Writer Judith Shulevitz tells Ed about the centrality of the Sabbath in Early American life, the blue laws that emerged to preserve Sabbath observance and the fierce cultural battles fought over these restrictive laws. Today, Shulevitz reflects on whether a new kind of Sabbath observance is needed to give us some reprieve from our technological lives.
Brian Balogh: As a young journalist in New York City, Judith Shulevitz was always on the go, always on the move, always on.
J Shulevitz: Everything seemed to be about work, one way or another. I worked often on weekends, when I socialized, I socialized with people from work, because I was in New York. You know if you live in a small town, you probably have a wider range of acquaintances, when you are new to New York, you know your work friends. So when we had brunch, we had brunch and we talked about work and we gossiped about our work colleagues and who was up and who was down.
J Shulevitz: And there was something missing in my life, and one year I had a roommate who had been a friend of mine in high school, I went to boarding school, and she was the daughter of a Lutheran minister and she went to church. And I said to her, Jane, can I go to church with you? And she said, actually, no. I don’t think you’d like it, and I would feel uncomfortable having you there, but there is a really cool shul, it’s very architecturally, it’s really beautiful and it’s right down the street. Shul is Yiddish for synagogue. And why don’t you go there?
J Shulevitz: So I went there, and it just aroused all these feelings, and I sat in the back and I would cry. It was as if there was this sadness that was waiting for a way to come out. And from there I sort of slowly became part of what’s known as a shabbos or a Sabbath community.
Brian Balogh: Years after her moving experience in synagogue, Judith Shulevitz became interested in the history of the Sabbath, and what it might mean for us today. She says the Sabbath has a more central place in early American history than you might think.
J Shulevitz: I don’t think people realize how much of a role the question of Sunday observance played in the Puritans’ departure from England, and their voyage to America. A lot of the issue they had with King James I was over how Sunday was to be observed, for example, there was a big battle over bear baiting, which was an activity they felt should not occur on the Sabbath. So they were-
Brian Balogh: Any other day it was okay to bait bears then?
J Shulevitz: … I guess so. Elizabethan era entertainments.
Brian Balogh: That was a tough time.
J Shulevitz: Yeah, so that was one of their big theological disputes and they came to America in search of a place in which they could, as often has been stated, create a new Jerusalem, a city on a hill, and they wanted to keep their Sabbaths as they wanted to keep them. Which was very very strictly.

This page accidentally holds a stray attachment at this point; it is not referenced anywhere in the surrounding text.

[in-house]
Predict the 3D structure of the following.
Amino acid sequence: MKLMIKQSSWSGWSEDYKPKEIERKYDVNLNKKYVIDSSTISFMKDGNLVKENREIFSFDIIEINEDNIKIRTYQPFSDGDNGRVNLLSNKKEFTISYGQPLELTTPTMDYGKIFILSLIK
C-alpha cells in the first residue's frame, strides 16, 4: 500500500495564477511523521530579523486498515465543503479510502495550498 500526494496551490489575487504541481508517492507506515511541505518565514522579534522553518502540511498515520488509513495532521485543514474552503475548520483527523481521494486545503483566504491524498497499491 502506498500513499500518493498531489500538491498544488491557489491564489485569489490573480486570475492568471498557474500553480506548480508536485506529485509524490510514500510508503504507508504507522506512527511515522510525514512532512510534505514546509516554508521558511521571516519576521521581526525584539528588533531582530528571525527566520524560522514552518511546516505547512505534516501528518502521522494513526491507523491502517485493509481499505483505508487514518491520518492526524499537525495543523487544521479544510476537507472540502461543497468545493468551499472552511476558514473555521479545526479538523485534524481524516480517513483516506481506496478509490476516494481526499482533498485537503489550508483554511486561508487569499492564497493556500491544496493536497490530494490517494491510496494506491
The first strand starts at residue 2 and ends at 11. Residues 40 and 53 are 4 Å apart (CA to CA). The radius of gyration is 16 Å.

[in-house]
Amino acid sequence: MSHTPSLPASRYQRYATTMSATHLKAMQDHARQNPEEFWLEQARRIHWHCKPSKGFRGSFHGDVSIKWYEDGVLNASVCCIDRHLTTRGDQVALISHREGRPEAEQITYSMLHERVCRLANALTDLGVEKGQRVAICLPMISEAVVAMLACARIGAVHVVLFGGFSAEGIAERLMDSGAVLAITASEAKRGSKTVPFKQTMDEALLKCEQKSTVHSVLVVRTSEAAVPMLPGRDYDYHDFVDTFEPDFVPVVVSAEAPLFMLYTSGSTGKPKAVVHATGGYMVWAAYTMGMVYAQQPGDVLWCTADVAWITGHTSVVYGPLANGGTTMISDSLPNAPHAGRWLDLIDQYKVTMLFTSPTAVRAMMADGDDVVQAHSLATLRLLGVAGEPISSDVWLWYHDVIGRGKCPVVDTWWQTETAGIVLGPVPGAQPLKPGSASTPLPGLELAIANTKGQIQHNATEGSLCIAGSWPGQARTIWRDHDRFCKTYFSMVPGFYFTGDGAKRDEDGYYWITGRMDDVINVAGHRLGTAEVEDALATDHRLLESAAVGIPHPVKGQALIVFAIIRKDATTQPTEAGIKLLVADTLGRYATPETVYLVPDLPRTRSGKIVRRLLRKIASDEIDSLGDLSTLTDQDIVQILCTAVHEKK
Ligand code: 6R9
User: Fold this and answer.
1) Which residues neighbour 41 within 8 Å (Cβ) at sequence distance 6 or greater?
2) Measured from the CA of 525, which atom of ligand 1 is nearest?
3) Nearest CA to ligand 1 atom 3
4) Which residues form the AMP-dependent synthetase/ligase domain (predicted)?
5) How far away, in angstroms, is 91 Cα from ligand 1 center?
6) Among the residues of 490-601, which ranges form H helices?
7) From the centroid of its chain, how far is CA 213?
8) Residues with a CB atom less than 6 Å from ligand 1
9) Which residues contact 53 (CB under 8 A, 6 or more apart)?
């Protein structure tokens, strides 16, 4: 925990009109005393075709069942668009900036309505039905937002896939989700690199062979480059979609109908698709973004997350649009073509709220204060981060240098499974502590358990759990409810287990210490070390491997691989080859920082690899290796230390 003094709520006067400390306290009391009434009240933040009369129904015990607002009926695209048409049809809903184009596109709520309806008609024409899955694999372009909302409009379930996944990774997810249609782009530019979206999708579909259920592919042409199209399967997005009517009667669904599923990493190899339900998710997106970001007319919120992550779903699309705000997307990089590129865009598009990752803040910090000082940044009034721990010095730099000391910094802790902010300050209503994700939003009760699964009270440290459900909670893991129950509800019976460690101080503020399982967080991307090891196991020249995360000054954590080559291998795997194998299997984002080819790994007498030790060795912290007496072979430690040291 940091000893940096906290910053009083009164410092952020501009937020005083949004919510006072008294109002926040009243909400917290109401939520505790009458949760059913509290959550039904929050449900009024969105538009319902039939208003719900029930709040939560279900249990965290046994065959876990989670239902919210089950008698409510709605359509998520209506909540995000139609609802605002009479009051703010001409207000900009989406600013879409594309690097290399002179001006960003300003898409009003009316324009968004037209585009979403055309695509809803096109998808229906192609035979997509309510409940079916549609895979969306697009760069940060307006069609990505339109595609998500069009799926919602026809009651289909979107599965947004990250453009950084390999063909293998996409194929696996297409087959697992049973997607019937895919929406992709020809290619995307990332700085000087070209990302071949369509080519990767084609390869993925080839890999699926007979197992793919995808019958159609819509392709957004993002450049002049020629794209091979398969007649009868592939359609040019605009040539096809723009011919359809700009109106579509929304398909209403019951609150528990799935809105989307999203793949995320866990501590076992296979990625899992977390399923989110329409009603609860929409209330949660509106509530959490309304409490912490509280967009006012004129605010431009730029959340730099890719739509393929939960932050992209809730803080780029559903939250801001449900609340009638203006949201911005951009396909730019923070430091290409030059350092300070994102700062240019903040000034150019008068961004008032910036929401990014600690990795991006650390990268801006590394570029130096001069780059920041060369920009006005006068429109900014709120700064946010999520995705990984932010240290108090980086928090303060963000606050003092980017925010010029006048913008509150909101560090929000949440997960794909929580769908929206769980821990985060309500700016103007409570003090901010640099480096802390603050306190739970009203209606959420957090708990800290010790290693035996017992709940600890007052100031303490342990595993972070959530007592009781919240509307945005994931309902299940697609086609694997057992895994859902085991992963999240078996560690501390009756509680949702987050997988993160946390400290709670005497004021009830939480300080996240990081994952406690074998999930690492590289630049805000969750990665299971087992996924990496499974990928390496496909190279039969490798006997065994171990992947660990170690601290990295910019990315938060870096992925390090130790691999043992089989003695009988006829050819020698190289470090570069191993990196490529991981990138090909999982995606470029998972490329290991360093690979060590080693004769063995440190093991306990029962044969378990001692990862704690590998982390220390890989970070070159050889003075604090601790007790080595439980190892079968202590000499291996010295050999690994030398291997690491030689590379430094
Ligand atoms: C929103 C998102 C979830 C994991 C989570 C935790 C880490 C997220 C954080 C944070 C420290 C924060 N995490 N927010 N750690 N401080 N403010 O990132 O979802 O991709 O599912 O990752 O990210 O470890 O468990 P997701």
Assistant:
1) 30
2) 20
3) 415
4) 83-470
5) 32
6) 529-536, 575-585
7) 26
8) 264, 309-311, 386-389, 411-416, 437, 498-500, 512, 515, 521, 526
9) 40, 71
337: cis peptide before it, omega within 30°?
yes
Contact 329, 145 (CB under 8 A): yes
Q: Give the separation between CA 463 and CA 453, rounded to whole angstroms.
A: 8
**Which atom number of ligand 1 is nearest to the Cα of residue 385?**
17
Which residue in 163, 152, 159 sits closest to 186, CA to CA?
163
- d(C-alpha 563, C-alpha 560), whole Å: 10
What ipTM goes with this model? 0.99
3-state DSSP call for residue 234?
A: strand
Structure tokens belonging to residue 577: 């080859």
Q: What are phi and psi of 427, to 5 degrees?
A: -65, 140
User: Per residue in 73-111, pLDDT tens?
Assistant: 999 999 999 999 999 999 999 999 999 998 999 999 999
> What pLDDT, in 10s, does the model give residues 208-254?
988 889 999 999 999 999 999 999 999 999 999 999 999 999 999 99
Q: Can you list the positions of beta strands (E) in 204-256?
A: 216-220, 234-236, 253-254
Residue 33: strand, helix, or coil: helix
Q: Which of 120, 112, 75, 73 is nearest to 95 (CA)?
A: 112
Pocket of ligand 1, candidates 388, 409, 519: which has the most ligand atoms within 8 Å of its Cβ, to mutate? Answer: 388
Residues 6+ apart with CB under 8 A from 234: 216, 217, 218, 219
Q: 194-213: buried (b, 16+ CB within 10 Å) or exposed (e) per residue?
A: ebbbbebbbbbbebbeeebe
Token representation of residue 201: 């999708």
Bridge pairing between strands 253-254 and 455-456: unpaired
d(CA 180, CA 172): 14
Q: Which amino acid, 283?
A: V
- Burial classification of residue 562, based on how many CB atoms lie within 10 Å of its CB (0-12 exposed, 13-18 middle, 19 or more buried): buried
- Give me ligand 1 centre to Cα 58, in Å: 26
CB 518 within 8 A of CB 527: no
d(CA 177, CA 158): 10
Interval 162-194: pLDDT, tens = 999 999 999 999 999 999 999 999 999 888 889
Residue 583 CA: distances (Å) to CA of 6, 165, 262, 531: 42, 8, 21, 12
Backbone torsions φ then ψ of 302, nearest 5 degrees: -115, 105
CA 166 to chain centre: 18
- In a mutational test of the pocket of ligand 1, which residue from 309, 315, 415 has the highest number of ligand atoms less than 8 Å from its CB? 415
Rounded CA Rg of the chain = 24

Brian Balogh: And what did it actually mean to be that strict? What would life have been like in Puritan America?
J Shulevitz: Well, you would’ve been required to go to church. You would’ve spent several hours in church. There was no heating in church, and there was actually somebody who went up and down the rows of the pews and would sort of tap you on the head if you weren’t paying attention. There was no work allowed, there was no play allowed. There were no fires allowed, so your food would be cold. If you had servants, you would read from the Bible to them and they were required to go to church too. So it was incredibly strict.
J Shulevitz: The Puritan style of observance really influenced Sunday laws in America for quite a long time. Ultimately there were more people keeping the Sabbath in a stricter way than there ever had been, I believe, in the history of the world.
Brian Balogh: But, as new technologies emerge that start splitting up daily life, the Sabbath and the Sabbath laws come under increased scrutiny and protest.
J Shulevitz: In the 19th century, there were these battles over Sabbatarianism that were really surprisingly politically charged. I think not in the book but in my own mind, I compare it to the battles over abortion. That’s how seriously people took them. The first of these great battles was over post offices, whether post offices would be open on Sunday or not. That was just this huge sort of kulturkampf, you know, cultural battle.
J Shulevitz: We wanted our communiques communicated quickly, and those who believed that they should be and that that would improve society, it would pick up the pace of industrialization and commerce and just simply make people’s lives better, wanted the post offices open on Sunday. And those who feared that technology would overtake their lives argued against it. And overtake their lives and of course weaken their religion.
Brian Balogh: On both sides of the Sabbatarian debate, arguments were framed in terms of bringing the country together and protecting worker and immigrant interests in a rapidly changing industrializing society.
J Shulevitz: Later there would be these battles over whether libraries and other cultural institutions would be open or not. Often it was the people arguing for opening them were arguing on behalf of workers having access to culture, self improvement. Workers and immigrants, I should say. The people who were arguing against any weakening of Sabbatarianism were often arguing on behalf of workers and saying, if these restrictions are loosened, then workers will lose their day of rest.